by Alan Pryor
The City is in the midst of trying to formulate a plan to alleviate traffic congestion along the Mace Blvd. corridor.
Following are excerpts from the Staff Report presented to the Bicycling, Transportation, and Street Safety Commission (BT&SSC) for their July 11, 2019 meeting which discusses the traffic congestion on Mace Blvd and the City’s proposed responses.
Since the project design phase was completed in 2016 and prior to construction, traffic congestion steadily increased along the corridor during the evening peaks, particularly on Thursdays and Fridays. Several factors have converged which explain this condition:
- Traffic congestion on eastbound Interstate 80 backs up past the Downtown/Richards Blvd exit, sometimes west of State Route 113, resulting in motorists exiting at the Richards off-ramp, bypassing freeway congestion by traveling east on Chiles Road through Mace Blvd, which increases congestion at the Mace Blvd/Chiles Road intersection.
- The Mace Blvd on-ramps to eastbound Interstate 80 back up, increasing congestion.
- Mobile and in-car navigation applications re-route freeway traffic in Dixon at the Pedrick Road interchange around the congestion via eastbound Tremont Road and northbound Mace Blvd.”
Whether the fault lies solely in the increased traffic on I-80 or diversions through Davis or the City’s failure to anticipate and account for it is a moot point at this stage. Clearly, the next step must be to get an accurate handle on what traffic flow patterns are now and how they will change in the future. Unfortunately, there is nothing in the Staff Report that provides current estimates of daily and peak traffic counts and how they will change in the future except to say that it will get worse.
“Traffic congestion on Interstate 80 continues to increase, as does the use of navigation applications diverting drivers around it. This technology has also affected Cowell Blvd, Covell Blvd, and Second Street corridors. Given navigation algorithms route drivers based on travel time, peak traffic congestion relief from capacity-increasing design revisions may not endure, long term. That is, routing more cars through the corridor may occur, resulting in similar congestion problems.
Therefore, adjustments to the Mace Blvd corridor should focus on accommodating local traffic demands and movements, while assisting with alleviating out of town “cut through” traffic to the extent possible. Ultimately, the solution rests with either capacity increases on Interstate 80 or other policies to bring highway travel in better alignment with capacity. Separate efforts with Caltrans are underway to examine this issue more closely.”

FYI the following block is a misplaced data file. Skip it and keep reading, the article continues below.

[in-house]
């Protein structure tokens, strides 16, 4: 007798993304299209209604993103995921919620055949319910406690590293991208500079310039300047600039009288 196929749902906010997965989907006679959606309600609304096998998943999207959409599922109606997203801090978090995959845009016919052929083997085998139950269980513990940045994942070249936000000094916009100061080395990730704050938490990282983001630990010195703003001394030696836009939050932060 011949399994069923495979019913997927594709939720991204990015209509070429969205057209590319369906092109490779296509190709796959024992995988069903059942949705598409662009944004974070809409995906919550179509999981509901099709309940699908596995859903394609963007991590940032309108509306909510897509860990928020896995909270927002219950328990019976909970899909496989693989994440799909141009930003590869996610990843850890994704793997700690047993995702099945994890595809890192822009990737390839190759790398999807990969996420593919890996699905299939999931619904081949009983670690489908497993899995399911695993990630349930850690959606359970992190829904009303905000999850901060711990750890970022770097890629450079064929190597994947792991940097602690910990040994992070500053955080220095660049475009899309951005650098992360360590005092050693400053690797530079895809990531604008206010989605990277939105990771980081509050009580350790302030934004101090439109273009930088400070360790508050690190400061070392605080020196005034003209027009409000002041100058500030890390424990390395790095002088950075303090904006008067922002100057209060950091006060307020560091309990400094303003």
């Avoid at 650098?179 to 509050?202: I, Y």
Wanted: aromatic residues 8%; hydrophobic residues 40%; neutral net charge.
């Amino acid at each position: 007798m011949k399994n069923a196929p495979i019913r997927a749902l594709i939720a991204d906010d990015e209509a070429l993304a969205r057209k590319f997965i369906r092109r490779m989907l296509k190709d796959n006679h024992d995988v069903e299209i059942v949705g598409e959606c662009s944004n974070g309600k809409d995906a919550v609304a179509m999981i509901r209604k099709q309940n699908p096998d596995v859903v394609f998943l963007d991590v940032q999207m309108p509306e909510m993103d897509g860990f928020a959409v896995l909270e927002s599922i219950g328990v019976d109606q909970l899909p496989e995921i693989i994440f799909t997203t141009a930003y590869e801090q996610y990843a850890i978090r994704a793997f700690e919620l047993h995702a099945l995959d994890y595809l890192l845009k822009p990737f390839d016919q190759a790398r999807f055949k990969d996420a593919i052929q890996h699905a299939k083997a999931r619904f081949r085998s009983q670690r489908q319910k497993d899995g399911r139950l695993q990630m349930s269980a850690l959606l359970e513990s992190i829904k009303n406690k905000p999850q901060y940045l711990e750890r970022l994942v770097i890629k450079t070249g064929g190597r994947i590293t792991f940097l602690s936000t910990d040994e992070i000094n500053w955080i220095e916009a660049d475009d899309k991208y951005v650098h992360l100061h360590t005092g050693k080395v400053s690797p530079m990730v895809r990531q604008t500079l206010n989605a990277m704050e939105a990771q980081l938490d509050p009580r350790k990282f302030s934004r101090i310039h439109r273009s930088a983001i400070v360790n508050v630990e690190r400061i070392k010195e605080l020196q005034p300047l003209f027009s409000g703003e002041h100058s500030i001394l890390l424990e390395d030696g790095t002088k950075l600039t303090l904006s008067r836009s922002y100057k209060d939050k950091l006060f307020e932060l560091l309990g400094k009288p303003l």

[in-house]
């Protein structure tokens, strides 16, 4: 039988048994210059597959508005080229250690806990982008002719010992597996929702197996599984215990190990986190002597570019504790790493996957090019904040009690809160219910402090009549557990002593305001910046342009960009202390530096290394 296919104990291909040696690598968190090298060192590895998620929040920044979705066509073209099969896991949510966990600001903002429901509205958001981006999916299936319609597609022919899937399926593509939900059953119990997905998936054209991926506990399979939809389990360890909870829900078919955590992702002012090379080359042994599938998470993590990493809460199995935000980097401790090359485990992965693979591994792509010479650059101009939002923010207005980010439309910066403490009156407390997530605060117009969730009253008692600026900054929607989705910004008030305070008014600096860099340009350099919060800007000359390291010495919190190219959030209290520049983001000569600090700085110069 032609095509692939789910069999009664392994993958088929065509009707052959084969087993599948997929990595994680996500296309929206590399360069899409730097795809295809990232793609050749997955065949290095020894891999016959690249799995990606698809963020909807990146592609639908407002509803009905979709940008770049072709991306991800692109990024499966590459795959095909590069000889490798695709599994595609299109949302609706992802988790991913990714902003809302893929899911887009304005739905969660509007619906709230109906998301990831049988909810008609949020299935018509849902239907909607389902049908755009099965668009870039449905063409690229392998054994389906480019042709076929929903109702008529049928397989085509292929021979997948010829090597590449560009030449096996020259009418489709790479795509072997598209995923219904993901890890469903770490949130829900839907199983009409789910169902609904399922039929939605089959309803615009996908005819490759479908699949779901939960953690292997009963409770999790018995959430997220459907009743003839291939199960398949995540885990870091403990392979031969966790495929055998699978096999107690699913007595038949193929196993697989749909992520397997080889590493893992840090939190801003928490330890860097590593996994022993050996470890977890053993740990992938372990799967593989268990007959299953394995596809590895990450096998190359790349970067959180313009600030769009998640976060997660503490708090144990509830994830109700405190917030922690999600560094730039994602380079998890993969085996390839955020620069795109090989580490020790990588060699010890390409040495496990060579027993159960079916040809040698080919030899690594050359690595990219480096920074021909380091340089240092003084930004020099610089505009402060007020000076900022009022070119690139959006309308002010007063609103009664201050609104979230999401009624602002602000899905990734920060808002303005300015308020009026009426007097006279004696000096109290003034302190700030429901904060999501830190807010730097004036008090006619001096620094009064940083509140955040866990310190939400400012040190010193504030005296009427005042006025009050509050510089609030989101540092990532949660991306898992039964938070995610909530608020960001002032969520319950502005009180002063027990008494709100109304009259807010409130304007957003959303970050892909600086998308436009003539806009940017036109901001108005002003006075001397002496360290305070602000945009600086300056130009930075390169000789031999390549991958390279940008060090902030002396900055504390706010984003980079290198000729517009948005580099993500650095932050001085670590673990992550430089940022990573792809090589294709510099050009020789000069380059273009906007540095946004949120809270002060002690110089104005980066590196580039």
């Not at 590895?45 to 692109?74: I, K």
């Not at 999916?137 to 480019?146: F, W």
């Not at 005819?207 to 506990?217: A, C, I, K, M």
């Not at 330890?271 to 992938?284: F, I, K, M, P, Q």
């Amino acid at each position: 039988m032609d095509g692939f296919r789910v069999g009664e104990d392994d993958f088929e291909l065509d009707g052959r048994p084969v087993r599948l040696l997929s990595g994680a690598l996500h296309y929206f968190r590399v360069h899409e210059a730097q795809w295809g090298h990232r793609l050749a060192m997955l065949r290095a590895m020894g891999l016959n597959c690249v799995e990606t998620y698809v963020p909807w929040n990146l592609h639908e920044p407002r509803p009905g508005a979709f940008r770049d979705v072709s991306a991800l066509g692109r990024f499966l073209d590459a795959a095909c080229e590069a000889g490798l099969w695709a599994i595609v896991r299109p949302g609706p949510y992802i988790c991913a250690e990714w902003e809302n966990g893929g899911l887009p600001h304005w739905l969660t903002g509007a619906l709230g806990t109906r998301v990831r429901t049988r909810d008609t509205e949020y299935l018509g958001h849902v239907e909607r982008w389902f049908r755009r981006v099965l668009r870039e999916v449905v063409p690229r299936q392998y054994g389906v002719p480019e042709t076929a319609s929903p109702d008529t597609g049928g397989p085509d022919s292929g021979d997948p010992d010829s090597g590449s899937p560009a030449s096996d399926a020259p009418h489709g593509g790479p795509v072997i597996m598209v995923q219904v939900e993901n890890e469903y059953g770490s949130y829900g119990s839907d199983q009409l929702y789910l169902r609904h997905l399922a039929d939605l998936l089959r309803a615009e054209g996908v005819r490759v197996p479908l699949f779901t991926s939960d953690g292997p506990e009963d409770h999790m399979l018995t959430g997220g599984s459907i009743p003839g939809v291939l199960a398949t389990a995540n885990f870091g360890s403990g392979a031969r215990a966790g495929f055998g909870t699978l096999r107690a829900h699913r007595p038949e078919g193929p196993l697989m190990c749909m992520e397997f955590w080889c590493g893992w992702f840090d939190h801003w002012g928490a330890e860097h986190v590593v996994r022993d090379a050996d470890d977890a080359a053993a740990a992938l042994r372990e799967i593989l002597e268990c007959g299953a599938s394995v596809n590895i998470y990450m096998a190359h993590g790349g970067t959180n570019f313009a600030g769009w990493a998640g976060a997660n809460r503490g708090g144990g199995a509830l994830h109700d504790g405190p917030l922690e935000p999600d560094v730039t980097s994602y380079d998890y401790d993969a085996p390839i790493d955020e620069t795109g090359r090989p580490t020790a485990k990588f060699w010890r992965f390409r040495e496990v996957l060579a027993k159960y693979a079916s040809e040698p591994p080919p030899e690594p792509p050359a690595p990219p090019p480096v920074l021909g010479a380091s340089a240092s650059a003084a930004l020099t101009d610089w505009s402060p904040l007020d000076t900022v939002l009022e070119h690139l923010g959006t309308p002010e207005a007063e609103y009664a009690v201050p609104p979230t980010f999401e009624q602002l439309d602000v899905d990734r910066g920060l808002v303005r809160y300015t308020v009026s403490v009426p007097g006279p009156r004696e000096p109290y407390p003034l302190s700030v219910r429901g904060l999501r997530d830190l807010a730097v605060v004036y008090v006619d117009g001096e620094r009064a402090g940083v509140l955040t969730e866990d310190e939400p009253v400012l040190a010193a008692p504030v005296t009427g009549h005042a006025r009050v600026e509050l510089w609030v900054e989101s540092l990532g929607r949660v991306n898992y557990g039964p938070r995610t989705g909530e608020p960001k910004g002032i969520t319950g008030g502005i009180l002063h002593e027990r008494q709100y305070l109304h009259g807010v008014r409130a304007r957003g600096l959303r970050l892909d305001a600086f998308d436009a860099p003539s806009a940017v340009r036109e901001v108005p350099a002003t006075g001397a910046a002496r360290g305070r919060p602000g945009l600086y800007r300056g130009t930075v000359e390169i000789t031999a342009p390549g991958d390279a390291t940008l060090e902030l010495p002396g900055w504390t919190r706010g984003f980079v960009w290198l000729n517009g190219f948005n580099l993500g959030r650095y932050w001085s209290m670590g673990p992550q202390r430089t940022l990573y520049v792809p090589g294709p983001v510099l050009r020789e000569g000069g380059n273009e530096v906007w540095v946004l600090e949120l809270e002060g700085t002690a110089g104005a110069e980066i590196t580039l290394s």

Any changes in traffic flow in I-80 that may alleviate the congestion problem on Mace are at least a decade ahead of us. CALTRANS might be able to put in some High Occupancy Vehicle (HOV) lanes within a 5-year period . But this will only help commuters that carpool get to the bypass a little more quickly. It will do nothing to alleviate the main source of congestion on I-80 which is the bottleneck at the Yolo Bypass Causeway. I’d venture to say that any work to add additional lanes to the Causeway will be at least 10-15 years in the future.
So I believe the City would be foolhardy to just try to solve traffic problems on Mace only by “accommodating local traffic demands and movements, while assisting with alleviating out of town “cut through” traffic to the extent possible” while otherwise praying that CALTRANS can solve the I-80 congestion problem. This is a short-sighted plan especially if the proposed fixes are implemented without a thoroughly vetted updated Traffic Study.
Toward encouraging such an updated traffic study, that end, I submitted the following letter to the Bicycle, Transportation, and Street Safety Commission (BT&SSC) and the City Council concerning the need for a new traffic study to be done on Mace Blvd before implementing any proposed roadway modifications to alleviate the current congestion problems.
“To: Bicycling, Transportation, and Street Safety Commission & Davis City Council
From: Alan Pryor
Re: Need for a New and Updated Traffic Study for the Mace Blvd. Corridor
Dear Commissioners and Council-members – Following is an edited copy of written comments I left with the BT&SSC at their meeting last week.